DATE: Use a comma between a specific date and year: June 10, 1964. A comma should follow the year when a specific date is mentioned mid-sentence: May 11, 1988, was the date of the party. Do not use a comma between month and year or season and year: March 1997, summer 1999.

LOCATIONS: When using a city name with a state or country in a sentence, place a comma afterward: She is a Louisville, Ky., native.

See also semicolon

commencement, Commencement

Uppercase the formal ceremony; lowercase for generic usage: Maya Angelou spoke at Commencement; UofL holds commencements in December and May of each year.

committee

Capitalize the full names of committees that are part of formal organizations: the Educational Affairs Committee of University Council. Lowercase shortened and informal versions of committee names: The University Council's educational affairs committee will meet Tuesday.

committees, task forces

Capitalize the official names of specific committees or task forces: The Task Force on Gender Equity met yesterday. Lowercase second general reference: The task force is developing a proposal on gender equity.

commonwealth

Do not uppercase in "commonwealth of" constructions: commonwealth of Kentucky.

complement, compliment

"Complement" is something that completes or enhances; "compliment" is an expression of respect or admiration: The black complements the red in UofL's logo. She complimented the university on its red-and-black logo.

composition titles

Capitalize the first and last word of the title along with all verbs, nouns and principal words: A Dog Named Spot. Capitalize all prepositions and conjunctions in a title that consist of four or more letters: One Flew Over the Cuckoo's Nest; The House That Jack Built.

Italicize titles of books, plays, artworks, television shows, radio shows, movies, journals, magazines, newspapers, newsletters, long poems published as books, and gallery and museum exhibitions: The Star-Spangled Banner, The Rise and Fall of the Third Reich, Gone With the Wind, NBC's Today show, the CBS Evening News, the prime-time sitcom Friends.

Do not italicize shorter works, such as magazine articles and lectures; instead, set these off in quotation marks.

The Bible and books that are primarily catalogs of reference material are capitalized only (no quote marks or italics). This category includes almanacs, directories, dictionaries, encyclopedias, handbooks and similar publications.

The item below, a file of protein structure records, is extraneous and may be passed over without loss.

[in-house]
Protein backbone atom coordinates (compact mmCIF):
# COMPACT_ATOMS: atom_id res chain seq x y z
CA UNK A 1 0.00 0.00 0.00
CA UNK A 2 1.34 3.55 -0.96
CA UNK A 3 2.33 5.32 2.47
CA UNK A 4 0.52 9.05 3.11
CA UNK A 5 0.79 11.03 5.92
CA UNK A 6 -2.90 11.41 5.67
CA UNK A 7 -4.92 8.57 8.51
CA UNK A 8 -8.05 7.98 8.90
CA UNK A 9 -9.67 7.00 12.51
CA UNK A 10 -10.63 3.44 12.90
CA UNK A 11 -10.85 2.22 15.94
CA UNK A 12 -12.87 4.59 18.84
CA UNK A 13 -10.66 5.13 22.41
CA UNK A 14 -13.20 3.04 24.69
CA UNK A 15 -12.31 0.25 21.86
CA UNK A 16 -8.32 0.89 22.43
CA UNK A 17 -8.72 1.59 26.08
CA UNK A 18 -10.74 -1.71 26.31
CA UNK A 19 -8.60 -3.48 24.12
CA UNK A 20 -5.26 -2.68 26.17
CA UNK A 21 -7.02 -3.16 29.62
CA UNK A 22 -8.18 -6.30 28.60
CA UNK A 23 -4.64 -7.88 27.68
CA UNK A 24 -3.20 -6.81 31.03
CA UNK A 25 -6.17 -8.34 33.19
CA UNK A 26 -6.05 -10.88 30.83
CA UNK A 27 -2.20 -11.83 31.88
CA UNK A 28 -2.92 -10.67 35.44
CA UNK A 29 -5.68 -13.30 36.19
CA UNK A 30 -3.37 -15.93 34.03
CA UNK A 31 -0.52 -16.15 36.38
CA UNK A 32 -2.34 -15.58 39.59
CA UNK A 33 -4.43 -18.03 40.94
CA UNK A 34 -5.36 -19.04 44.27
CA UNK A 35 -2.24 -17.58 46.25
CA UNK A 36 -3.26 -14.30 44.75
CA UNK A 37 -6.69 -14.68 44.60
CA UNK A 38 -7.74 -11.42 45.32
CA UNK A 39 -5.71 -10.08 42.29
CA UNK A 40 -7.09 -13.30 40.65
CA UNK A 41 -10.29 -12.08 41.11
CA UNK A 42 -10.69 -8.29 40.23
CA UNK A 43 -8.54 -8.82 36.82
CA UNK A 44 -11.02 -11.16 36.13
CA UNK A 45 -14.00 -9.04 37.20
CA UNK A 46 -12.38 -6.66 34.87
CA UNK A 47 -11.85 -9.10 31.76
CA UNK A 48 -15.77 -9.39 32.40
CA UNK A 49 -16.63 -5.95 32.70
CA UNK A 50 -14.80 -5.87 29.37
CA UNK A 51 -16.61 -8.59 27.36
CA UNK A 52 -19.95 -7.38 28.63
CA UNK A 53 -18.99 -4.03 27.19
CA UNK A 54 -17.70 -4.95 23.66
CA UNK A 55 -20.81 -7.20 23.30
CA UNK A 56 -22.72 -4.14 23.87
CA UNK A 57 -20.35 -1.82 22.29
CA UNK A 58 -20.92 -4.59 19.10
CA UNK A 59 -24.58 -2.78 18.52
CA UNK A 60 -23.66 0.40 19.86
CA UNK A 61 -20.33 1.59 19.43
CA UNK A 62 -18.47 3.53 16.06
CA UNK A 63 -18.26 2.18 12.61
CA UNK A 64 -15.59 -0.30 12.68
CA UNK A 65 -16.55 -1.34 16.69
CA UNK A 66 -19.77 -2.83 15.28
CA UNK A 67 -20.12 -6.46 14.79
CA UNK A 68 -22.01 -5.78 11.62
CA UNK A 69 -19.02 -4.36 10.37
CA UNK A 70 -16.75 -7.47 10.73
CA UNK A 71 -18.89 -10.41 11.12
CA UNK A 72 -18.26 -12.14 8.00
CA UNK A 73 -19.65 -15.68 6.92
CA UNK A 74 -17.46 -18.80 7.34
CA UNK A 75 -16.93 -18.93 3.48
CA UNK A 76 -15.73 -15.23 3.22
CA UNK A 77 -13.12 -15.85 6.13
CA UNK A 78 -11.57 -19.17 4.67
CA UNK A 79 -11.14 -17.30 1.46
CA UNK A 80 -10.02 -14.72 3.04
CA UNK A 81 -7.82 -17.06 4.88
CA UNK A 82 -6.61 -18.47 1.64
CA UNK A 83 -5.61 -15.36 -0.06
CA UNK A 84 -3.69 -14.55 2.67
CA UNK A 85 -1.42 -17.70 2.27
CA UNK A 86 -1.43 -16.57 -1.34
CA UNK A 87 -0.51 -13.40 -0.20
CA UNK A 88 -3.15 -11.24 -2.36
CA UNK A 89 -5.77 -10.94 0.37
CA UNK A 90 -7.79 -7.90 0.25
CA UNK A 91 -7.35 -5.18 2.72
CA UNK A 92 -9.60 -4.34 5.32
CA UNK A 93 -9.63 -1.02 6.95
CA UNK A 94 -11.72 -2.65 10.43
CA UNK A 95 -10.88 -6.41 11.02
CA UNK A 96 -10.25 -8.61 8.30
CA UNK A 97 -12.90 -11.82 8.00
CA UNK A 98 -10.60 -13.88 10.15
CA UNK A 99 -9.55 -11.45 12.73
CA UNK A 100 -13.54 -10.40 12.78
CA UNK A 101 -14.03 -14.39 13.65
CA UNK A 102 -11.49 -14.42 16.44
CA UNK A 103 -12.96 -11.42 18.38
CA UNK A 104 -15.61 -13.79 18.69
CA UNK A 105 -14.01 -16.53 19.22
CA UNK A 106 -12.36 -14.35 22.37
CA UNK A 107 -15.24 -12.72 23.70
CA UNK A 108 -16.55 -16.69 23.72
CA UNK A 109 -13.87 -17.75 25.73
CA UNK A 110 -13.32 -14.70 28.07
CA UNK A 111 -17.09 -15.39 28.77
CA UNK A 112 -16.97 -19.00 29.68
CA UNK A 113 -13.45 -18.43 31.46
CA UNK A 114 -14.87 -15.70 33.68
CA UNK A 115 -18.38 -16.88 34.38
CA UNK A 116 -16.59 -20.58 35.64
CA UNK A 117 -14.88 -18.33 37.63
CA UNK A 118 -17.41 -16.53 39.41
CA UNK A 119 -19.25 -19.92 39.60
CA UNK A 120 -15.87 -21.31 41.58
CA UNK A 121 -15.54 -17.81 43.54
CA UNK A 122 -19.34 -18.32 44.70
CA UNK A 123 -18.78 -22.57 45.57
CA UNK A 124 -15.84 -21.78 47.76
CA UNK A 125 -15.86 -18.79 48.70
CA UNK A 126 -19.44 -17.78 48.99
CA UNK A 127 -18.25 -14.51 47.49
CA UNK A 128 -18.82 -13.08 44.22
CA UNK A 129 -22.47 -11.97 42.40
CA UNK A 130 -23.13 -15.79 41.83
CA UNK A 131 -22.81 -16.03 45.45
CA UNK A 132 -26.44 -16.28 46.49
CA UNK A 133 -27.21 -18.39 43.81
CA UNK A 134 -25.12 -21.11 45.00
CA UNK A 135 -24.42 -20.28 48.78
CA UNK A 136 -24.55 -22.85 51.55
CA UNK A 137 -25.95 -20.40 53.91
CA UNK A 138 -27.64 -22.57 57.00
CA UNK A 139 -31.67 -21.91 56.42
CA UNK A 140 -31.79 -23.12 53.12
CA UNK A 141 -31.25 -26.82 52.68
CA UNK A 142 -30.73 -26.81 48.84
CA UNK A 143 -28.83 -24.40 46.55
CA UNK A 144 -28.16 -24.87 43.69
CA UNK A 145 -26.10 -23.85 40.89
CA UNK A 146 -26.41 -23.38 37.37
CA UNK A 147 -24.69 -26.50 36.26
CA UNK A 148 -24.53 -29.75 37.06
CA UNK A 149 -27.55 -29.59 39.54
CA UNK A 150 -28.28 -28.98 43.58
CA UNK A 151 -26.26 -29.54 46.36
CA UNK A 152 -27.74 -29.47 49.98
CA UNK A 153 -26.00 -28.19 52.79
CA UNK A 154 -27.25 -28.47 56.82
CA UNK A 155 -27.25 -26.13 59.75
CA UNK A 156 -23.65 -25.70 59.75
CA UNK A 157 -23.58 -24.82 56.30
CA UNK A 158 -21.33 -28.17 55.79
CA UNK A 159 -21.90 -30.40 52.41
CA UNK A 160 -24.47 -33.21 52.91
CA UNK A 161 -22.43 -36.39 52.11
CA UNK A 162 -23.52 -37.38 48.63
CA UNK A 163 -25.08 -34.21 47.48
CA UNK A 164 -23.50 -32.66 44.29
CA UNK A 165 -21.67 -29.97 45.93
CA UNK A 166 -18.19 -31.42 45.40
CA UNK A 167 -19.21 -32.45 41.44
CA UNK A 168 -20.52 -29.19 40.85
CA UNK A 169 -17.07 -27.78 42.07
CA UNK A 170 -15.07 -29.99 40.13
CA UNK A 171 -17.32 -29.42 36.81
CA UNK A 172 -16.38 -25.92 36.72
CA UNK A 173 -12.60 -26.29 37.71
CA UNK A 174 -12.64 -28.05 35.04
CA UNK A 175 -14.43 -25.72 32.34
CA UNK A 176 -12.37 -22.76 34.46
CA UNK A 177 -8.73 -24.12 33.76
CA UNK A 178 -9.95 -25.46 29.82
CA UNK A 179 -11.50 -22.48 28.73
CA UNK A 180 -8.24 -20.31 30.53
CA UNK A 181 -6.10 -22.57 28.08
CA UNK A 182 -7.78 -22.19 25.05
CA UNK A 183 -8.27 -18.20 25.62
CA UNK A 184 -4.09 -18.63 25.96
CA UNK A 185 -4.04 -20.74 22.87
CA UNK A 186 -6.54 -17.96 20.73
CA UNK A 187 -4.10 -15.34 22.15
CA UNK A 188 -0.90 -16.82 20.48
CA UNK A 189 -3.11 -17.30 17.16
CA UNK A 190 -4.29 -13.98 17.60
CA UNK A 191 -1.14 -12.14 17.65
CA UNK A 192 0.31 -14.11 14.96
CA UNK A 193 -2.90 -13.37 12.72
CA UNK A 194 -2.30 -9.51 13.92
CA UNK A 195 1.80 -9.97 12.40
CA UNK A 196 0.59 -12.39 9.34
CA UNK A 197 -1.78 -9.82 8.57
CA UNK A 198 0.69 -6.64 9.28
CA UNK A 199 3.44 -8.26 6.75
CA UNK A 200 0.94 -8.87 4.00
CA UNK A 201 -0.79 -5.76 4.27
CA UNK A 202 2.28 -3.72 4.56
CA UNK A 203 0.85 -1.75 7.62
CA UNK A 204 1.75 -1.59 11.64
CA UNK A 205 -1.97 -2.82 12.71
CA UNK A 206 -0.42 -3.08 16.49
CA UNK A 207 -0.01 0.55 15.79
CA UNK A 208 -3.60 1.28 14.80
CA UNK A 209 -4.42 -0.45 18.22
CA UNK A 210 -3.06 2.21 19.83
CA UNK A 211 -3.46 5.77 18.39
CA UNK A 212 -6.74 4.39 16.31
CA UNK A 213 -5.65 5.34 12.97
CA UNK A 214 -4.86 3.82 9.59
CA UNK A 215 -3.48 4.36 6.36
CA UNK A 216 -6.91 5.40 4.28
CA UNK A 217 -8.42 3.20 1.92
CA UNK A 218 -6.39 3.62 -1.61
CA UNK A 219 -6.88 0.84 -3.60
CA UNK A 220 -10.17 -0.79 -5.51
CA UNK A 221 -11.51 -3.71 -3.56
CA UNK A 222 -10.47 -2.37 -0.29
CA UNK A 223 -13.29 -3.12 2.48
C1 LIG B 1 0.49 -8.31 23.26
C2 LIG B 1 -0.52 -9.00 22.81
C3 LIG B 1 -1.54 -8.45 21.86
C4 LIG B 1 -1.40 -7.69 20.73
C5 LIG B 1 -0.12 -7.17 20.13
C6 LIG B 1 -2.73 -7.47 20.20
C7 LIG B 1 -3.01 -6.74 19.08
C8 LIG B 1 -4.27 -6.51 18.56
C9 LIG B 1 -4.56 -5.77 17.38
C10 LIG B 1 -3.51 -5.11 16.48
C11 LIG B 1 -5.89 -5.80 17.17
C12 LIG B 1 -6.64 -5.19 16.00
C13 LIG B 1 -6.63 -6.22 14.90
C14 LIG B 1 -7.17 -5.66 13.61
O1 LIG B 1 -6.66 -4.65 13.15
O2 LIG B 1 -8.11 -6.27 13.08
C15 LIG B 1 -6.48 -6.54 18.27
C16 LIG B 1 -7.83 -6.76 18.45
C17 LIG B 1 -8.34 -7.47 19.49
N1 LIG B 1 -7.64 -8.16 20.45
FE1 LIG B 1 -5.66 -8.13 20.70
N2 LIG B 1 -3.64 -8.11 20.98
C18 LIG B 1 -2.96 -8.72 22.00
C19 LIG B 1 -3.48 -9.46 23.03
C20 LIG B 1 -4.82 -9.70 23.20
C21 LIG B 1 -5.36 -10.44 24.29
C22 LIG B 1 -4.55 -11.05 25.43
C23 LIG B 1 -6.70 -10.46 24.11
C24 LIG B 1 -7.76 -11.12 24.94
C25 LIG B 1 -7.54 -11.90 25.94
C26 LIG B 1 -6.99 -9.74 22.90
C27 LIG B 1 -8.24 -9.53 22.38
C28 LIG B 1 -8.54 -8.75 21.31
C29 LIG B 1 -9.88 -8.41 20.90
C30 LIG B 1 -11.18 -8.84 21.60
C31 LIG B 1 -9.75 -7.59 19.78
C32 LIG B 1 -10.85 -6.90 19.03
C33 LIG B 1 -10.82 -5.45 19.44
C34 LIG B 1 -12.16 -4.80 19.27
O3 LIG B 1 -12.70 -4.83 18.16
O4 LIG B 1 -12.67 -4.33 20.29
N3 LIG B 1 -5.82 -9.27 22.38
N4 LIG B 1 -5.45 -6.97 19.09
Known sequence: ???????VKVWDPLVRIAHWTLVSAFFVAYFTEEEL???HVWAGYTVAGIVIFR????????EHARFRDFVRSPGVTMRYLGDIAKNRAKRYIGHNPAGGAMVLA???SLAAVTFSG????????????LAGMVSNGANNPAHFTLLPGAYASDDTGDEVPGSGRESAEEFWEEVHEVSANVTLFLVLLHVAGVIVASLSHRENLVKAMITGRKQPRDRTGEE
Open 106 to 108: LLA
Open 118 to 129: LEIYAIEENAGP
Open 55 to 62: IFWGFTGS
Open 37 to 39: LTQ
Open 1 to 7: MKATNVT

Translate a foreign title into English unless the work is known to the American public by its foreign name.

comprise

Avoid using if possible, but when necessary remember that "comprise" means to contain or include. Use in active voice: UofL comprises 11 schools and colleges NOT UofL is comprised of 11 schools and colleges.

Conference USA

The athletic conference that prior to 2005 included UofL's intercollegiate sports teams. C-USA is acceptable on second reference.

UofL's intercollegiate sports teams are presently included in the Big East Conference.

See also Big East Conference

course titles

In most cases, a description of subject matter rather than an official title will suffice: He teaches freshman English each fall. She developed the course on contract law.

In cases where the actual course title is necessary set off with quotation marks: She taught a popular course for art students titled "The Psychology of Color."

courtesy titles
Generally omitted.

See also titles

CPE

Acronym for the “Kentucky Council on Postsecondary Education.” Always use the official name on first reference. On second reference in informal usage, CEP is acceptable if the meaning will be clear to readers. If you intend to use the acronym on second reference, let readers know this by setting it off in parentheses directly after the first official reference.

cum laude

"With distinction"; lowercase and italicize.

CV

Acronym for “curriculum vitae.” Always use the official name on first reference. On second reference in informal usage, CV is acceptable if the meaning will be clear to readers. If you intend to use the acronym on second reference, let readers know this by setting it off in parentheses directly after the first official reference.